[Note: We’ve been camping in the mountains with no cell coverage for the past 3 days. Now that we are on our way again, currently at an RV park in the city, I can get you caught up on our adventures.]
Day 3: Monday, August 16
- Departure: Winchester, Idaho
- Destination: Powell Campground near Lolo Pass, Idaho
- Miles: 150
- Weather: Sunny and hot
- Little Free Library visited: 1
After several days of smoky murkiness we were happy to awaken to bright sunshine on Monday morning.
Lyle cooked breakfast while I worked for a little while, and then we got things buttoned up to head out to our next destination.
Our first stop was in Cottonwood to visit a Little Free Library at Dog Bark Park Inn. It’s a giant beagle along the highway, with a guest room inside it. We’ve passed it many times but had never stopped.
The LFL is in the dog house, but the B&B is in the dog itself! What fun!
In Grangeville we needed to stop at an auto parts store. As we turned to go into town we noticed this little pavilion housing some sort of skeleton. We got what we needed then circled back around to investigate.
The skeleton turned out to be a life-size replica of the Camas Prairie Mammoth. The display was designed to be viewed through the glass, though there was a sign saying that it was hard to see in the daytime because of the sunlight reflecting off the glass. It invited us to come back at night when it was lit up.
Instead, I discovered I could get pretty decent pictures by putting my phone right up against the window. Since it’s a replica I’m not entirely sure why it needed to be so protected. I mean, granted, it does look pretty fragile and you wouldn’t want kids trying to climb on it or anything, so maybe that’s why.
The park also had a very helpful map showing sites of interest right along our route starting at Grangeville Elmer’s Park in the lower left and heading northeast to the dot that says Powell. I referred to this list as we drove so we could be sure to stop at each one, if possible.
As we approached the mountains we could see residual smoke still hanging around, but the day continued sunny and hot.
We stopped for gas and a picnic lunch in Kooskia, Idaho. That’s pronounced Kooski… the A is silent. We don’t know why.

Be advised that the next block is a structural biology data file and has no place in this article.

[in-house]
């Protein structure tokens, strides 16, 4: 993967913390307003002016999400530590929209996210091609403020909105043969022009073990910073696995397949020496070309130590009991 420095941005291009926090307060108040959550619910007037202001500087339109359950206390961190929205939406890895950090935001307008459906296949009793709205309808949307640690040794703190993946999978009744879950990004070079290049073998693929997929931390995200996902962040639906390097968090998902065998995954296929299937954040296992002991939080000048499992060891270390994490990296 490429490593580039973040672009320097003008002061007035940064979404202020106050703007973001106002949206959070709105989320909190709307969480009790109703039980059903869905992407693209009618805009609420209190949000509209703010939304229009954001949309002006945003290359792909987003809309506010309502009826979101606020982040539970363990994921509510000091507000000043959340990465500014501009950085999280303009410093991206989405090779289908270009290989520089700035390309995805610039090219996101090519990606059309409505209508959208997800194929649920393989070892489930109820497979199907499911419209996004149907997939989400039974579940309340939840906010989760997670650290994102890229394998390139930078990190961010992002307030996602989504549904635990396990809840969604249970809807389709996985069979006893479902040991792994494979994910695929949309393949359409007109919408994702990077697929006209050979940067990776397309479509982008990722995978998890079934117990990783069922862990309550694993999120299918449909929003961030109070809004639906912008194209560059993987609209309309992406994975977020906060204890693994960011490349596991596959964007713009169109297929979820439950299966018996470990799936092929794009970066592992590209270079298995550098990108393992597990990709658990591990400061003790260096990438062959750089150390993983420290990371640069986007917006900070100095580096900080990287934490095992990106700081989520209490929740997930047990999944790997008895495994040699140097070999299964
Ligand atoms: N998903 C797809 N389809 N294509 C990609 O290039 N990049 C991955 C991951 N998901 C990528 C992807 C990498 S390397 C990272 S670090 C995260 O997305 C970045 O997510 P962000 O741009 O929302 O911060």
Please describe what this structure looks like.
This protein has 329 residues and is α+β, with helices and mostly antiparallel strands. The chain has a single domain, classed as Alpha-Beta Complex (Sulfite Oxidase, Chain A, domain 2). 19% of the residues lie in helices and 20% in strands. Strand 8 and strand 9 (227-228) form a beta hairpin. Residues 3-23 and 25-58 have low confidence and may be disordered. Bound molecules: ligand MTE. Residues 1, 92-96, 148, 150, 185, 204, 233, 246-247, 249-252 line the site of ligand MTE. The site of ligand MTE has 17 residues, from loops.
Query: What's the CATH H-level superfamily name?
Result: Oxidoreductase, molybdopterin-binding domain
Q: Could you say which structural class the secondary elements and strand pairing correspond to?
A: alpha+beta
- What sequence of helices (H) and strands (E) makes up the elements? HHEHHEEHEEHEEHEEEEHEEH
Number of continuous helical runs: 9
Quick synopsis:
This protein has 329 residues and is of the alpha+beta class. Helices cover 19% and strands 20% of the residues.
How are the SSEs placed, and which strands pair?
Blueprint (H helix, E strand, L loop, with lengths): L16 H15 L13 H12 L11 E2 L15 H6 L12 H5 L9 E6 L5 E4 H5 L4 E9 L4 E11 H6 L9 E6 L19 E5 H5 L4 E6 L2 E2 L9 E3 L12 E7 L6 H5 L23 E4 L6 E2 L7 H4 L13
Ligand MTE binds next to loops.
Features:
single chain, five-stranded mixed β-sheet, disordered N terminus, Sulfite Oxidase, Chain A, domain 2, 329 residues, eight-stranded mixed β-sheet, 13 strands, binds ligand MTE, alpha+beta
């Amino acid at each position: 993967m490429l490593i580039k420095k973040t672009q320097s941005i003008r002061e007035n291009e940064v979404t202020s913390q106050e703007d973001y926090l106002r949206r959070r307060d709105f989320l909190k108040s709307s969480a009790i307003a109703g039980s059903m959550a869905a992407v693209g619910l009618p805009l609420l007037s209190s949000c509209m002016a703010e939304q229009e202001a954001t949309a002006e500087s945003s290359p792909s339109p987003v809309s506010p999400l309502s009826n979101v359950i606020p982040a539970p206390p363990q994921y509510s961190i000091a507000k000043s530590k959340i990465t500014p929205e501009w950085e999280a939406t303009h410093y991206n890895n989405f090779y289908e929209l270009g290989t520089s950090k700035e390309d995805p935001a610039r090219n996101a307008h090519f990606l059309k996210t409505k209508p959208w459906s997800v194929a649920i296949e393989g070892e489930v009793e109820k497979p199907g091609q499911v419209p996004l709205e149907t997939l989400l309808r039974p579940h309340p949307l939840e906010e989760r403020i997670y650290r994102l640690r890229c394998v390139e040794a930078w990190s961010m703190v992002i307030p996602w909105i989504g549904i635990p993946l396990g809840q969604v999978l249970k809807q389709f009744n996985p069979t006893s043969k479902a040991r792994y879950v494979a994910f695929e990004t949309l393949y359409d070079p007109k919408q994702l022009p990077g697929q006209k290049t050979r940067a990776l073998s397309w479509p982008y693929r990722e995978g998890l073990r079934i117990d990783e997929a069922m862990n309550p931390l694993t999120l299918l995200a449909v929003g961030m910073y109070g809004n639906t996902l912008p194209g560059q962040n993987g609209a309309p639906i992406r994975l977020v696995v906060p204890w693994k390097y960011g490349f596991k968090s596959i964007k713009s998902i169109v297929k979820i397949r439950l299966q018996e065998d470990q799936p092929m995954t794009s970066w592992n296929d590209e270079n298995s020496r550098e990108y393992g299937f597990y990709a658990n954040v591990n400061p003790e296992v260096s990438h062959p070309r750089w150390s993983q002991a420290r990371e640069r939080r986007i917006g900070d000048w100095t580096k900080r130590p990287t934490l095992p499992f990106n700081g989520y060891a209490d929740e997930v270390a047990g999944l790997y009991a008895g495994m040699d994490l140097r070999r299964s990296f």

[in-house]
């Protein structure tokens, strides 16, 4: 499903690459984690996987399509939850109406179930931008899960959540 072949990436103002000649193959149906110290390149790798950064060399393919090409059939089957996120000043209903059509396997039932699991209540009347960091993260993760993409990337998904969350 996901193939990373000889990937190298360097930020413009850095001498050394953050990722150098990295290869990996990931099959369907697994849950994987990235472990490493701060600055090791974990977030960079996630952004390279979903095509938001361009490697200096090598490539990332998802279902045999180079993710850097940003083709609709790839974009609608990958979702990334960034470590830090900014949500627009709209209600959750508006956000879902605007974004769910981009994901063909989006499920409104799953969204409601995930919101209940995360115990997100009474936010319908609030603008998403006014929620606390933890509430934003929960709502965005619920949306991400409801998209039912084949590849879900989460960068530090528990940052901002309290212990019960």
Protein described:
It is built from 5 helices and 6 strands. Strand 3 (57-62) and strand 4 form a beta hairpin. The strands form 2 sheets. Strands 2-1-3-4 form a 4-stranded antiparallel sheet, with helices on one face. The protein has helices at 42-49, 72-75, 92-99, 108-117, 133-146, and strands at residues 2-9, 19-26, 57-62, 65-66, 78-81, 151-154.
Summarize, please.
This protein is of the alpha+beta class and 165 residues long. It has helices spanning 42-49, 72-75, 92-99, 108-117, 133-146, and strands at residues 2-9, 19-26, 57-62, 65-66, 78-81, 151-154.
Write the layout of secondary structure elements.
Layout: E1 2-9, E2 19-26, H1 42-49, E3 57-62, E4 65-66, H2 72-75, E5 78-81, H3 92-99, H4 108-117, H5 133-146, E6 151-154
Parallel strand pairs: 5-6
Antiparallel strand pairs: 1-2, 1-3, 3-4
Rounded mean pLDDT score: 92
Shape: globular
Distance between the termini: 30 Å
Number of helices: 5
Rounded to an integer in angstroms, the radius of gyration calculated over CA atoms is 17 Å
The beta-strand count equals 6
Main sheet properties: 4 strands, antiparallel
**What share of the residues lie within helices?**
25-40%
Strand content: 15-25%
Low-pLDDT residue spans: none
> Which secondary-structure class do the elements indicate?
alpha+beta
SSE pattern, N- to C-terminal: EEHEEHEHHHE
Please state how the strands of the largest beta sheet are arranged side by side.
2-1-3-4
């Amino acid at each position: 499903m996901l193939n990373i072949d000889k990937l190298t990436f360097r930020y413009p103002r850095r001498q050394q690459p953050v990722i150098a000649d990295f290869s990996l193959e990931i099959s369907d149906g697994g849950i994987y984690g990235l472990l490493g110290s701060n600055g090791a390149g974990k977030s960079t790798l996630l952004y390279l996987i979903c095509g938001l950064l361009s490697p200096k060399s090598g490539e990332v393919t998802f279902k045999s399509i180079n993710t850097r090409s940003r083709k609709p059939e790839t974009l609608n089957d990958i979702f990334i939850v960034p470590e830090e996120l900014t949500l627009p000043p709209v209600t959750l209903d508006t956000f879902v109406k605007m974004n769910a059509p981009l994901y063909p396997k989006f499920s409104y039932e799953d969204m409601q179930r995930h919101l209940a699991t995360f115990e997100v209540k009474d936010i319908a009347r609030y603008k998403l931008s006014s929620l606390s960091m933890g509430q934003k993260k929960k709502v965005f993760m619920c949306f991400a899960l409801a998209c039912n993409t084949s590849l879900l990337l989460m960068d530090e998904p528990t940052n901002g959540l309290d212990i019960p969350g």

When I noticed Looking Glass Camp on the map at the mammoth park I had wondered where that name came from. I speculated that maybe Lewis & Clark had used a looking glass in some way at that spot. Turns out I was WAY off. Looking Glass was not a “what” but a “who!” A Nez Perce chief, to be exact. I’m not real clear on why he came to be called Looking Glass, though the Wikipedia article tries to explain.
We followed the Clearwater River along the Northwest Passage Byway for 88 miles. It is one of “Idaho’s Scenic Byways” mentioned in the film we watched at the State Park Saturday night.
We were delayed for about a half hour by a pretty serious accident along the river. The man in the yellow vest went from car to car letting us know what was going on. Apparently a “young man was pretty beat up” in the wreck. Later he came back to tell us that the EMTs determined he had a broken hip, so they loaded him up and took him away. When we finally passed the wreckage, it was a mini van on its side with the windshield bashed in. It looked pretty bad so we were glad to know it hadn’t been a fatal accident.
We arrived at Powell Campground at almost the same time as our friends, the Hooper family, whom we had arranged to camp with for 3 nights.
Since we couldn’t have a campfire we cooked our traditional first-night-of-camping meal of chili dogs on our outdoor griddle. We hiked down to the river just at sunset.
And that was Day 3.